March 17, 2022

Chairman Takano: "It’s clear we need to do more to strengthen VA’s workforce"

WASHINGTON, D.C— Today, House Committee on Veterans’ Affairs Chairman Mark Takano (D-Calif) delivered opening remarks at the Full Committee Oversight Hearing entitled, “Building a Better VA: Addressing Healthcare Workforce Recruitment and Retention Challenges”

Screen Shot 2022-03-17 at 3

Full video of Chairman Takano’s remarks 


Chairman Takano’s remarks as prepared:   


Today’s oversight hearing is entitled “Building a Better VA: Addressing Healthcare Workforce  Recruitment and Retention Challenges.”   


This hearing couldn’t be more timely. This week happens to be “National Healthcare HR Week,” which recognizes human resources professionals in healthcare organizations across the nation for the important role they play across the continuum of care.   


Additionally, earlier this week, in accordance with the VA MISSION Act of 2018, VA released recommendations for modernization and realignment of its medical facilities.   


These recommendations will be considered over the coming year by the Asset and Infrastructure Review Commission—or “AIR”—Commission.  


The Committee is still digesting the thousands of pages of documentation published on Monday, and what this means for the future of VA healthcare in various markets.   


I intend to hold a separate hearing on the AIR Commission recommendations. However, one thing is abundantly clear.   


VA can improve buildings and build new facilities closer to where veterans live, but if VA does not have the workforce to staff them, it cannot deliver on our promise to veterans. As the Committee evaluates how VA formulated its AIR Commission recommendations, we will carefully examine the extent to which the Department has factored its human capital needs into the equation.   


VA’s ability to meet healthcare staffing needs has long been plagued by complex hiring authorities, non-competitive salaries, lengthy onboarding processes, a lack of integration across information technology systems, and other administrative barriers. These challenges have only been compounded by the COVID-19 pandemic over the past 2 years.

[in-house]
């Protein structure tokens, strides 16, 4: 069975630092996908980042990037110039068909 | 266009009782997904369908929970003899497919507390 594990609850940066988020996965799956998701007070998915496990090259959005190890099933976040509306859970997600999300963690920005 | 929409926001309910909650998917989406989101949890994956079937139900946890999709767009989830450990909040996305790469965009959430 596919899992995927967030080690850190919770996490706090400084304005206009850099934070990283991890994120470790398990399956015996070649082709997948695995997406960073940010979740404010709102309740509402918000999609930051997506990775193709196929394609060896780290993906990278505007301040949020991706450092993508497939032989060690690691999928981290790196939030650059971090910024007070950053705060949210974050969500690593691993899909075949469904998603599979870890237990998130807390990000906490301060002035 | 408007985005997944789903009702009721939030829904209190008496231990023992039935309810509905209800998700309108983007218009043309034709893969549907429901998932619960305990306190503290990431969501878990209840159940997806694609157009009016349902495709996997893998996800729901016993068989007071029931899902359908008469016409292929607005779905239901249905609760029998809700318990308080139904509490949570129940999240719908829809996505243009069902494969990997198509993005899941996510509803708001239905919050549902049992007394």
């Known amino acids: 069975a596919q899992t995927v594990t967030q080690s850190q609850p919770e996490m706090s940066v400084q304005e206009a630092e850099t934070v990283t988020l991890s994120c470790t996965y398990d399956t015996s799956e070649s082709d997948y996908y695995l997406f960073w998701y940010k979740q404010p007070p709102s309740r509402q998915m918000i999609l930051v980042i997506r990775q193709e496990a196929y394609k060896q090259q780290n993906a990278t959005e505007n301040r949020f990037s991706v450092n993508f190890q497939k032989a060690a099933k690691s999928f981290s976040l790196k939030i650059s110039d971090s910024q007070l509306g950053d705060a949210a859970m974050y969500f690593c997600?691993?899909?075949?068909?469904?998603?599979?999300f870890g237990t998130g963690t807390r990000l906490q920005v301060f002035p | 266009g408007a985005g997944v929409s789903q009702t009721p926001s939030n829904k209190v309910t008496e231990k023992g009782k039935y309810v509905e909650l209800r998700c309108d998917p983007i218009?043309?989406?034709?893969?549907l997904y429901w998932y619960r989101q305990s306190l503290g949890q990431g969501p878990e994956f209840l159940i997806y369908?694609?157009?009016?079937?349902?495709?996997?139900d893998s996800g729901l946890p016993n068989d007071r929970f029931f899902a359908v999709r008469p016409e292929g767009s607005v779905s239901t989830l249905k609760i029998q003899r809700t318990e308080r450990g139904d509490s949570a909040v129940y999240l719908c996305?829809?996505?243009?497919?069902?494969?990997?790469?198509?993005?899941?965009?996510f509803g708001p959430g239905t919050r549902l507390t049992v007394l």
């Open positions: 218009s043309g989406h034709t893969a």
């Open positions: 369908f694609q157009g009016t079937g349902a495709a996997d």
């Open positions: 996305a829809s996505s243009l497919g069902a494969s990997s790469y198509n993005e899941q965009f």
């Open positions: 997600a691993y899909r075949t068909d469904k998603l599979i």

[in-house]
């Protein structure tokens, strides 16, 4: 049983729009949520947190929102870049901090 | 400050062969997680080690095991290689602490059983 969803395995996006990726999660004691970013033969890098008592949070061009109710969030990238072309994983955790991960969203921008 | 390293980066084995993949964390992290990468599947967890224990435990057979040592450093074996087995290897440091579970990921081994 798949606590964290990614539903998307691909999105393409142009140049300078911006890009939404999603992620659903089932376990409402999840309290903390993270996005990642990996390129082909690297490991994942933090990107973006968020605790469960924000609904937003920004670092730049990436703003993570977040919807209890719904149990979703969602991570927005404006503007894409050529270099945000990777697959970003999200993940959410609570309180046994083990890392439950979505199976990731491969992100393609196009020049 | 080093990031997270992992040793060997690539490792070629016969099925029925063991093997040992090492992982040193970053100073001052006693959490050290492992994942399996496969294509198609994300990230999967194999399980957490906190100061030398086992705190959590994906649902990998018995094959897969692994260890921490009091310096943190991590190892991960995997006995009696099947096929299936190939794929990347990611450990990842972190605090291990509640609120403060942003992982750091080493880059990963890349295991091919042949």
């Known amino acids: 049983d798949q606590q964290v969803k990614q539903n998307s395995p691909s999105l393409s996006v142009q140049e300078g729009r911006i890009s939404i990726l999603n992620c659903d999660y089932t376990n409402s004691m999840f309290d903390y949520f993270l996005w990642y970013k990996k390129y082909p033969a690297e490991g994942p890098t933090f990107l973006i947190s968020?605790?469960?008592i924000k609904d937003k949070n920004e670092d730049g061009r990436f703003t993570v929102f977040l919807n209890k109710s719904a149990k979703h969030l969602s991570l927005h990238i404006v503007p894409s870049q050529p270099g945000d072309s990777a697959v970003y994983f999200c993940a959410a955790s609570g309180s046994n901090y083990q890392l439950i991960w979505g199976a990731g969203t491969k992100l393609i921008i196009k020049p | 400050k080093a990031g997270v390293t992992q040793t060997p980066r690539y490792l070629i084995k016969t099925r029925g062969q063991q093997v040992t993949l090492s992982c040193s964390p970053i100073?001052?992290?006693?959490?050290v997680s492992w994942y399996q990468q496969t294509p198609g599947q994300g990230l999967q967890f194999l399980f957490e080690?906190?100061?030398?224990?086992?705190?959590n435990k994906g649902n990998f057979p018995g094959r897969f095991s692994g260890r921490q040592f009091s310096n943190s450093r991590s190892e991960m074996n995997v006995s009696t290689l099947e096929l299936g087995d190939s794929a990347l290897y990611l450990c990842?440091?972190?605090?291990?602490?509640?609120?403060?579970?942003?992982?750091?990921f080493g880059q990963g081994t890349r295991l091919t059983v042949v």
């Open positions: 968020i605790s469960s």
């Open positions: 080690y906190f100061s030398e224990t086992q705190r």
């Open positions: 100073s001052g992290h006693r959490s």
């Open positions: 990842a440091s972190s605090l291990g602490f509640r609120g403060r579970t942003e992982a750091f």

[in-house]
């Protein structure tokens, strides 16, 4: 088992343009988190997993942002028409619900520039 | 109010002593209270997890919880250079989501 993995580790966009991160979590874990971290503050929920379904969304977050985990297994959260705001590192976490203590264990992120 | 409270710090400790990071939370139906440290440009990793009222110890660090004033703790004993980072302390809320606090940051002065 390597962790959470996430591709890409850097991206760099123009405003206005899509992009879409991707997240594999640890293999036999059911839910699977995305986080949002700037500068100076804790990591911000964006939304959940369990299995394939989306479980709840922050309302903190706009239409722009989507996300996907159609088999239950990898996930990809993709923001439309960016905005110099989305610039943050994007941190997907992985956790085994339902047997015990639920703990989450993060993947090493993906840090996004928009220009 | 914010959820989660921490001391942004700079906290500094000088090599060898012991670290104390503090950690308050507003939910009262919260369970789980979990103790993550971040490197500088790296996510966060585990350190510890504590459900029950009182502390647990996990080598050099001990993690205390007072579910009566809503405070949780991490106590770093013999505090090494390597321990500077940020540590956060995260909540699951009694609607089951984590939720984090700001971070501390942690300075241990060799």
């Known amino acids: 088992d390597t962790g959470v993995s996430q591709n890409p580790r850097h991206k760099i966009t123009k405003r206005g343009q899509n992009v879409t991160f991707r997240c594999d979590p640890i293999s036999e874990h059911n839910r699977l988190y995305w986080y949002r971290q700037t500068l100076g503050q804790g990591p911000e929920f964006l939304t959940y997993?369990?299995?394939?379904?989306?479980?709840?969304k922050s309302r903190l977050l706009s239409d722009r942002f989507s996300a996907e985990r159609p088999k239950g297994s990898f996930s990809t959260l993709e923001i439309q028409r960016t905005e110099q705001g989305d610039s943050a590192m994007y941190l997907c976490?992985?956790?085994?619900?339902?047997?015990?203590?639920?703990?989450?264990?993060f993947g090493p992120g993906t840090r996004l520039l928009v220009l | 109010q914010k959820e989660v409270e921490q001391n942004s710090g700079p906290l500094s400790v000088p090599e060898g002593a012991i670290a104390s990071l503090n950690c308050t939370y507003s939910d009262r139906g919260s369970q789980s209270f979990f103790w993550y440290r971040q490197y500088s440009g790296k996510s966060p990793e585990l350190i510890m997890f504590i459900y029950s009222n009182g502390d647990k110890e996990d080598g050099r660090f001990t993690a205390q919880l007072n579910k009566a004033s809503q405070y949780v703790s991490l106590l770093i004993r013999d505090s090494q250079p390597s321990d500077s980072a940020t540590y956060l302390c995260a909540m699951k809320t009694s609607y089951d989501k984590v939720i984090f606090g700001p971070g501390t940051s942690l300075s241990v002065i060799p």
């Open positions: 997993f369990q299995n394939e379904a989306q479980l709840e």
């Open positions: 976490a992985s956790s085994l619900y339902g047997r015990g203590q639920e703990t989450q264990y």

Throughout this global public health emergency, VA’s workforce has remained steadfast in its commitment to caring for all those who have served.   


VA’s dedicated staff have cared for more than 540 thousand veterans diagnosed with COVID-19. They have administered vaccines to almost 4.5 million individuals.   


They have cared for non-veterans by deploying to community nursing homes and other non-VA facilities to support pandemic response. They have done all of this while continuing to deliver world-class healthcare to the more than 6 million veterans who rely on VA for care.   


At the same time, the pandemic has led the private sector to offer increasingly attractive salaries, bonuses, and other recruitment incentives, which are making it harder and harder for VA to retain experienced physicians, nurses, and other providers. According to VA, its turnover rate among registered nurses has hit its highest level since 2005. VA is struggling to compete.   


I am pleased, therefore, that Representative Underwood’s VA Nurse and Physician Assistant RAISE Act was enacted with the Fiscal Year 2022 Consolidated Appropriations Act last week. But there is so much more work to be done.    


In a speech in Charleston, South Carolina, on February 9th, Secretary McDonough outlined 10 priorities for investing in VA’s workforce—its human infrastructure.   


VHA recently stood up the “Reducing Employee Burnout and Optimizing Operational Thriving”—or “REBOOT” Task Force, which is examining ways to improve systems and processes that contribute to employee burnout at VA medical facilities.    


The Committee applauds both of these initiatives—but it’s clear we need to do more to strengthen VA’s workforce, and the Committee stands ready to help.    


I look forward to hearing perspectives from the Department’s witnesses, as well as witnesses from the American Federation of Government Employees and National Nurses United, two labor organizations that represent VA’s frontline healthcare workers.   


I hope that today’s hearing will help us all identify some actionable steps to address longstanding human resources challenges at VA. We must work together to ensure VA’s healthcare system will be prepared to care for those who have borne the battle for generations to come.